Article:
6) You can be more focused on others. With your own life feeling easier to maintain, your resources can be reallocated and be shared with others, such as your time and energy.
7) You can pursue more meaningful employment. If your need for income is decreased, a whole new world of opportunity and soul satisfaction is opened to you. The more you consume, the more you have to earn just to survive.
8) Your life becomes filled with people and activities that are meaningful. Eliminating the unnecessary creates more space for the things that matter. You’ll have more time and space for relationships and activities you enjoy.
9) The items you do own can be of much higher quality. You’ll find that by limiting the number of shoes, books, tools, and other things you own, you’ll acquire items of higher quality. More isn’t better. Better is better. There’s something satisfying about owning and using a high-quality item.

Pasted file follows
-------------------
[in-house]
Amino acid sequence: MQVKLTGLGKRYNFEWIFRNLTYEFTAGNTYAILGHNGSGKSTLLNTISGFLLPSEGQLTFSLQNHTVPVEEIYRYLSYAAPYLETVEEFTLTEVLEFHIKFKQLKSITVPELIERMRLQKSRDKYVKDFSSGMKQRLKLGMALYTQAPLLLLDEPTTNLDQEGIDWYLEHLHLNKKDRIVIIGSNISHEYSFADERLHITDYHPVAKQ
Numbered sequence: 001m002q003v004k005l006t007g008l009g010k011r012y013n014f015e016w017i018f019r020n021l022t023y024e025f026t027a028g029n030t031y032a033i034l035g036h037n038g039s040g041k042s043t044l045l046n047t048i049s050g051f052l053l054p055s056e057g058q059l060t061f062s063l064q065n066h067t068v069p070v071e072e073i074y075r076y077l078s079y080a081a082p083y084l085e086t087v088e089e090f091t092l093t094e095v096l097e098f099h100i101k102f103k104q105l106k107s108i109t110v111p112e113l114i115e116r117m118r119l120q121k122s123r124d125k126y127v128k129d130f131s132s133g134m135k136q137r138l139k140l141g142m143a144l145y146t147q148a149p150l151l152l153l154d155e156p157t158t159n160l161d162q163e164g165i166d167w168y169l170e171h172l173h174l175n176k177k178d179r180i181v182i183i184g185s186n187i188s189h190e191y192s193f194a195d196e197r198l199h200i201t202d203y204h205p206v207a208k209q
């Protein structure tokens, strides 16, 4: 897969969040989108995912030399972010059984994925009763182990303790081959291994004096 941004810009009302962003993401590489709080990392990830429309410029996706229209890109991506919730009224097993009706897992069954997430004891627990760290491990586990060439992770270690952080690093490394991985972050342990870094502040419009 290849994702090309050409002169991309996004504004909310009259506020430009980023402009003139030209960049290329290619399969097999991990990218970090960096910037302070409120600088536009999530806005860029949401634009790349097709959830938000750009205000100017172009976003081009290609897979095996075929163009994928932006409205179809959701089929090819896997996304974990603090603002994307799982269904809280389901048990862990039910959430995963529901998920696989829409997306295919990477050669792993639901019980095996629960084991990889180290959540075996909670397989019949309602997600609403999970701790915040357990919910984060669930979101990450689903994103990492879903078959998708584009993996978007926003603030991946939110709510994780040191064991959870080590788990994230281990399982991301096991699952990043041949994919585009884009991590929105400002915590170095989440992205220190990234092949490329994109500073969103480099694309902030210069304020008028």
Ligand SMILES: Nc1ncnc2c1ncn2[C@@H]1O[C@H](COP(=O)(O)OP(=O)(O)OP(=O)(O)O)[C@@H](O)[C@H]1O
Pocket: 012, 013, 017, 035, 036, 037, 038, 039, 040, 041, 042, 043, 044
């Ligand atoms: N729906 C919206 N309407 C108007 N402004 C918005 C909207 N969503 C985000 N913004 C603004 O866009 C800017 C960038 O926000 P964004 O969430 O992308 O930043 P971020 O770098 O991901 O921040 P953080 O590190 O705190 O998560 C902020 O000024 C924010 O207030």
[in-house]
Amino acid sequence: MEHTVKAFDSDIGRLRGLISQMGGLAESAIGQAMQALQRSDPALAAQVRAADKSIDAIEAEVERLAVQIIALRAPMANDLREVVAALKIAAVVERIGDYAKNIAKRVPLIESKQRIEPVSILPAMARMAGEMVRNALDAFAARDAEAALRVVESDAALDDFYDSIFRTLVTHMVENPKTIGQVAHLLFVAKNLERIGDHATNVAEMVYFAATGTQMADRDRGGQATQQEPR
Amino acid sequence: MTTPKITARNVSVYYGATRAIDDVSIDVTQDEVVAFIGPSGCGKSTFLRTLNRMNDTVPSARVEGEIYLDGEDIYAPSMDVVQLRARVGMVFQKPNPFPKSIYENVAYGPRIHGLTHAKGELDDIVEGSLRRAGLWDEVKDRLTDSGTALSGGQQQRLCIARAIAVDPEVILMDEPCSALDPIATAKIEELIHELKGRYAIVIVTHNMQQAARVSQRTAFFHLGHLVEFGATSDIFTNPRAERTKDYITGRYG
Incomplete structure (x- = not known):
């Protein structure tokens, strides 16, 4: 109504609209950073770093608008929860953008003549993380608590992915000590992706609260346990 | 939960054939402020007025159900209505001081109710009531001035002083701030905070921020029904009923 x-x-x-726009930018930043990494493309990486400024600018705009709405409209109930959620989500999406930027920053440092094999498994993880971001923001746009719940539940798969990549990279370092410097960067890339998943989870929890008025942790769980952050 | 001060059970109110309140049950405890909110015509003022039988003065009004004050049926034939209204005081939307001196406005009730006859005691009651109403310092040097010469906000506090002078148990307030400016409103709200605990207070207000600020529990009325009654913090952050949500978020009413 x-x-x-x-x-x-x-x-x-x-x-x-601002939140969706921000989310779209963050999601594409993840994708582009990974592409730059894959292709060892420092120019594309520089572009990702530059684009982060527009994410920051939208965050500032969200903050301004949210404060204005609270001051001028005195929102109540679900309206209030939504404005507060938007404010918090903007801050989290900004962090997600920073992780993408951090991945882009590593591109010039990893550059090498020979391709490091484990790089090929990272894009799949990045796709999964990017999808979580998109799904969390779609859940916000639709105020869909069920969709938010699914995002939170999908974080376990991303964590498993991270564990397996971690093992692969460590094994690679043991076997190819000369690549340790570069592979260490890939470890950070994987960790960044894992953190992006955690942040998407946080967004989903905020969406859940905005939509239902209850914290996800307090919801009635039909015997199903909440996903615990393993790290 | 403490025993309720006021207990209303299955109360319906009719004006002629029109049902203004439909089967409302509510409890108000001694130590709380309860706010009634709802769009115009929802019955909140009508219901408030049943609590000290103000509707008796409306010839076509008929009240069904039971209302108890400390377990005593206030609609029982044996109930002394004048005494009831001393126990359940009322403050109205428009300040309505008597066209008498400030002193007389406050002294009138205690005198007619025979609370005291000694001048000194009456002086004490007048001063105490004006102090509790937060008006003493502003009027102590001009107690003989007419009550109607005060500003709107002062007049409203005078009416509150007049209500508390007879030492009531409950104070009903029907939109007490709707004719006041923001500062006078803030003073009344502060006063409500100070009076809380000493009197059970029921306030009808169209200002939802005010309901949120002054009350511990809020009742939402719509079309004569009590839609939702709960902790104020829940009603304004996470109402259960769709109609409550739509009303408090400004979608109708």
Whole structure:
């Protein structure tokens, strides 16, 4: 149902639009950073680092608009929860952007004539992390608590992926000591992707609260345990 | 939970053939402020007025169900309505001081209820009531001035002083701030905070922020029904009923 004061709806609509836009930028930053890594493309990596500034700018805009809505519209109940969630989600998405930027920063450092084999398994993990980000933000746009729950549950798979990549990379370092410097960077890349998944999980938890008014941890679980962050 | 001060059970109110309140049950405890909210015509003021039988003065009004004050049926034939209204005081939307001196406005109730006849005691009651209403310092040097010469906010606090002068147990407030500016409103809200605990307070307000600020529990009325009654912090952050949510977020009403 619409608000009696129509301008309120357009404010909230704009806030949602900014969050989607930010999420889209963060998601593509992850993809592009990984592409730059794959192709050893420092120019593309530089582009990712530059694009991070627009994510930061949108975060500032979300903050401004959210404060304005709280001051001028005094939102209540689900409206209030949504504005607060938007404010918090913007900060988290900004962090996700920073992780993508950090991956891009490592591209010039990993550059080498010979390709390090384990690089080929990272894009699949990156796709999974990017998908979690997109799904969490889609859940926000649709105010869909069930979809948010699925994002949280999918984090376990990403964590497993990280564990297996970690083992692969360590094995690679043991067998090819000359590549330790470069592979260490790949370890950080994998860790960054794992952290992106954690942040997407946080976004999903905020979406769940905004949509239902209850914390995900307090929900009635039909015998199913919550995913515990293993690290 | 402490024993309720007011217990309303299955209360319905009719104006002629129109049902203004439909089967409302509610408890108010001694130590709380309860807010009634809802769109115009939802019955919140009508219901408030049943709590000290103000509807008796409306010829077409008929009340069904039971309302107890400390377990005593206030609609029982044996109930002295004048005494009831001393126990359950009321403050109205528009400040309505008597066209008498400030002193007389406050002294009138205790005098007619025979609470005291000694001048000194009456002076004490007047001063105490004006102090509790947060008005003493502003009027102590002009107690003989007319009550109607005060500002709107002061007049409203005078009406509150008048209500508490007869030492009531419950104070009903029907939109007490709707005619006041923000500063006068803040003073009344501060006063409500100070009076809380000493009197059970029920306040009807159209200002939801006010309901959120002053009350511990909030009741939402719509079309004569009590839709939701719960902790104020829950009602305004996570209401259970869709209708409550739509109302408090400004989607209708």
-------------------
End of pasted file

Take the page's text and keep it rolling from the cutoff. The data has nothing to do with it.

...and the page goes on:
There is much to learn from the Appalachian Trail. There is no need to impress nature – nature doesn’t care. There is no need to impress other hikers – everyone on the trail is on their own journey and it matters not what brand of hiking shoes you’re wearing. The amazing “through hikers” that are out on the trail for 5-6 months have minimalism down pat. They have only what is essential in their packs and they’ve figured out a way to live on the land and discover themselves in the process.
Even a week on the trail will put things into perspective. I am stronger than I ever thought I was. I have more than I could possibly ever need in my non-trail life. There are comforts that we take for granted every day, and for which I will look at with a renewed perspective of gratitude. I want to remember the many lessons of the AT and be mindful of the minimalistic lifestyle. I know that I am not there yet, but instituting small changes will get me closer to living more simply.
Do you find yourself on a treadmill of living to or above your means? If so, perhaps living simply and with minimalism could help. Let everyone else worry about impressing the neighbors. You have more meaningful things to consume your time and attention!